- 66 days needed on average: The average time to reach maximum automaticity was 66 days.
- It varies per person, though: The time it took to build maximum automaticity varied greatly between participants from 18 days to a predicted 254 days. This is much longer than most previous estimates of the time taken to acquire a new habit.
- Complex habits take longer: more complex behaviours were found to take longer to become habits. Participants who'd chosen an exercise behavior took about one and a half times as long to reach their automaticity plateau compared with the participants who adopted new eating or drinking behaviors.
- A few omissions are okay: What about the effect of having a day off from the behavior? Writing in 1890, William James said that a behavior must be repeated without omission for it to become a habit. The new results found that a single missed day had little impact on later automaticity gains, either early in the study or later on, suggesting James may have overestimated the effect of a missed repetition. However, there was some evidence that too many missed repeats of the behavior, even if spread out over time, had a cumulative effect, reducing the maximum automaticity level that was ultimately reached.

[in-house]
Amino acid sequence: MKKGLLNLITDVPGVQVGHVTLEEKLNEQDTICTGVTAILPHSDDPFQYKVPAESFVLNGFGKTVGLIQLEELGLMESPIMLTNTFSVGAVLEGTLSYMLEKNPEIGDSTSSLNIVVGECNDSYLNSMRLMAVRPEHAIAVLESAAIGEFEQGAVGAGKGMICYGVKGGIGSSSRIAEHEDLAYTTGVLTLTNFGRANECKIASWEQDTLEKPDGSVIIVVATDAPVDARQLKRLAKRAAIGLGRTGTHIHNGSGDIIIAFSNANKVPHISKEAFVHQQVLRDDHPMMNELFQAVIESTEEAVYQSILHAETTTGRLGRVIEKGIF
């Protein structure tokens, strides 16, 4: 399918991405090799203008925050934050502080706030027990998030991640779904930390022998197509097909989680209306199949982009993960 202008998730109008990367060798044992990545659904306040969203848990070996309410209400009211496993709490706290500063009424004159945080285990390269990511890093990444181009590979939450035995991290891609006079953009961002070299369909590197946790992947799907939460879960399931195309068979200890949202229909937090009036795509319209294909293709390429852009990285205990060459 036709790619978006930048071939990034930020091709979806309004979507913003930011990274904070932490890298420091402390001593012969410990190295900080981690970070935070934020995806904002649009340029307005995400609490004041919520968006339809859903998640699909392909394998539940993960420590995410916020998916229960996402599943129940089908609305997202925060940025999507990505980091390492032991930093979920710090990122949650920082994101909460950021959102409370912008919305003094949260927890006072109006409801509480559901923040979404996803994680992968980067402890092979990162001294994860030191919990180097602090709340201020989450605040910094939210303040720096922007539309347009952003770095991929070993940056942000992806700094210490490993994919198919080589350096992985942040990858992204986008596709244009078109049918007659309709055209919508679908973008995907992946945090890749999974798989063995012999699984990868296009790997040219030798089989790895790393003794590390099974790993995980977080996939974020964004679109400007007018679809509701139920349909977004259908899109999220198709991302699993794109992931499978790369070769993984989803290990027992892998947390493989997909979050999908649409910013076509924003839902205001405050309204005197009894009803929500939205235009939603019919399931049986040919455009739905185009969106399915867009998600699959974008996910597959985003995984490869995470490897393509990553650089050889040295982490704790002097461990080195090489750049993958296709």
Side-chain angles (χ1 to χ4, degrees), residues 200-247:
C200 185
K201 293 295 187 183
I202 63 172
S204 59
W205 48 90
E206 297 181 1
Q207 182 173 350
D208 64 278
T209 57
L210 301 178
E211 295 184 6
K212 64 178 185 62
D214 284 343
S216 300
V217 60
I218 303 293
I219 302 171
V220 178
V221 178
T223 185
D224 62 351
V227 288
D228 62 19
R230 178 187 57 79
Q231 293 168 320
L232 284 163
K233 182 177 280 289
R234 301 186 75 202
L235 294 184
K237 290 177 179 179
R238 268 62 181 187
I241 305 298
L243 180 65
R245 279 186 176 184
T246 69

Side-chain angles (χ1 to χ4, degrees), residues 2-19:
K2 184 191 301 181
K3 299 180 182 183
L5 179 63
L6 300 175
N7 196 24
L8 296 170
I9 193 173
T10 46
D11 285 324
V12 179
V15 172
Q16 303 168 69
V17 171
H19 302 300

Lally, P., van Jaarsveld, C., Potts, H., and Wardle, J. (2010). How are habits formed: Modelling habit formation in the real world. European Journal of Social Psychology DOI:10.1002/ejsp.674